THN’s Take: “You miss 100 percent of the shots you don’t take.” – Wayne Gretzky.
Unless my nostalgic memory is misleading me, Gretzky was an OK player. He also knew what he was talking about and as we saw in Game 5 of the West final, just putting a puck on net can pay off at any unpredictable moment. For all the game plans that are out there, perhaps the best plan of attack is also the most basic. KISS – Keep it simple, stupid.
For all the glorious chances the Sharks got with their 56 shots, it was a deflection off the outstretched hand of Keith Ballard that got them on the board and a bad-in-hindsight decision by Roberto Luongo that got them the lead.
As time was ticking down in the third with the Sharks leading and looking all set for a return trip to San Jose with comeback on the brain, you could hear the entire city of Vancouver yell “Shoot the puck!” as Alex Edler and Henrik Sedin moved the disc around the perimeter. Instead of waiting for that high-percentage shot too long, as the Canucks are often guilty of, Sedin made the smart choice and just easily tossed it on net, where a determined Ryan Kesler got in the way and tipped it home.
With all the star power on the ice you’d think at least the winner would be a rocket to the top shelf or a tic-tac-toe finish, but again it was a fluky bounce and a frantic, disorganized shot from the point. I’m not sure anyone besides Kevin Bieksa knew where the puck was after it took a wild ricochet off the stanchion, but rather than hesitate at all, the blueliner just took a whack at it in the direction of the net. The result was Vancouver’s first trip to the final since 1994 – 17 years to the day.
This is why it’s important to cover your point man and get traffic in front of the net. All it takes is a fluky bounce to change fortunes and alter history. If the Canucks don’t toss the puck on net and pray, they’d be heading back to San Jose with a banged up roster and an uncertain future. With Kesler and Burrows having a rough night physically (along with who knows how many other hurting players), the Canucks will be hoping for the East final to drag on a little longer so they can rest up. With the Stanley Cup final on the horizon, the big question facing Vancouver is simply its health and how much of a toll it took to get through the tough Western Conference.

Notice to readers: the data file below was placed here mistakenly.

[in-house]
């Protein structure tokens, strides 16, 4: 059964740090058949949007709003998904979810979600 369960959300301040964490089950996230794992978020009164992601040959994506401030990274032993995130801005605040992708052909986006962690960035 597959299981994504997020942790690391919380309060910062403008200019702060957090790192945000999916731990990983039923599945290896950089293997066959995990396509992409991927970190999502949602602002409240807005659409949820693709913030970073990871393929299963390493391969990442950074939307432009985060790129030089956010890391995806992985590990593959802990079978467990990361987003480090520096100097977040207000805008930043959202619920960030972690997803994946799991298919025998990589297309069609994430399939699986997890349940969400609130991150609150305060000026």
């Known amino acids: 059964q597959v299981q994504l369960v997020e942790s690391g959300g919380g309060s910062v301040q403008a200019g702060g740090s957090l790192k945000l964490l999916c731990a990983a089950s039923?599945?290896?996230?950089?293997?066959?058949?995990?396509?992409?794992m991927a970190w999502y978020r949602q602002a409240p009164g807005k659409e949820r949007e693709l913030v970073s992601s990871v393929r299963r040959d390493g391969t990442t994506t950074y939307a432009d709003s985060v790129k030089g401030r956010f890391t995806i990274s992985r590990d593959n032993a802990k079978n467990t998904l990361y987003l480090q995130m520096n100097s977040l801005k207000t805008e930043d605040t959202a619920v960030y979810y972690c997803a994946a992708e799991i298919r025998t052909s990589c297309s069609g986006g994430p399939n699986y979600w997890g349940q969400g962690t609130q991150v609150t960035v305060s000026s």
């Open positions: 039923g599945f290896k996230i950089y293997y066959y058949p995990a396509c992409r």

As for the Sharks, the same off-season questions will be asked once again: Are they a playoff team? Does this roster need a shakeup? Surely all you can ask of your squad is to make it to the final four when anything can happen, but even though San Jose got to this point twice in a row, the team is just 1-8 when facing the prospect of a berth in the final.
But those points can be debated in the summer. Right now, it’s Vancouver’s time to let its hair down and celebrate. Just as long as they don’t touch the Clarence Campbell Bowl.
1. Roberto Luongo – There’s no point in giving him a hard time for allowing the second goal because Luongo was incredible at so many other points. It’s tough to pick out one highlight, but his stellar play when killing off a 5-on-3 in the first period was fun to watch.
2. Ryan Kesler – The only reason he played less than 30:00 was because he had to sit down for a little after tweaking his groin or something in his leg on a nothing play. Despite that, Kesler scored the shocking tying marker and was as ferocious as ever, even after the injury.
3. Henrik Sedin – Had two assists, one off a beautiful pass, the other off a smart shot towards the net, but Sedin had a few nice defensive plays as well that can go unnoticed.
The Black Hole
Dan Boyle – This was a really tough call because there wasn’t a goat who stood out over the entire game. Aside from his minus-2 rating, the reason why Boyle was chosen for this spot is a little chintzy, too. His icing in the third opened the door for Vancouver’s tying mark after the faceoff. Thing is, Boyle’s icing appeared to hit a Vancouver player (cue the conspiracy theorists).
The NHL Game Night Recap will get you caught up with all the playoff action. THN will name our Three Stars for each game and tabulate the results after each series. First Star = three points, Second Star = two points, Third Star = one point.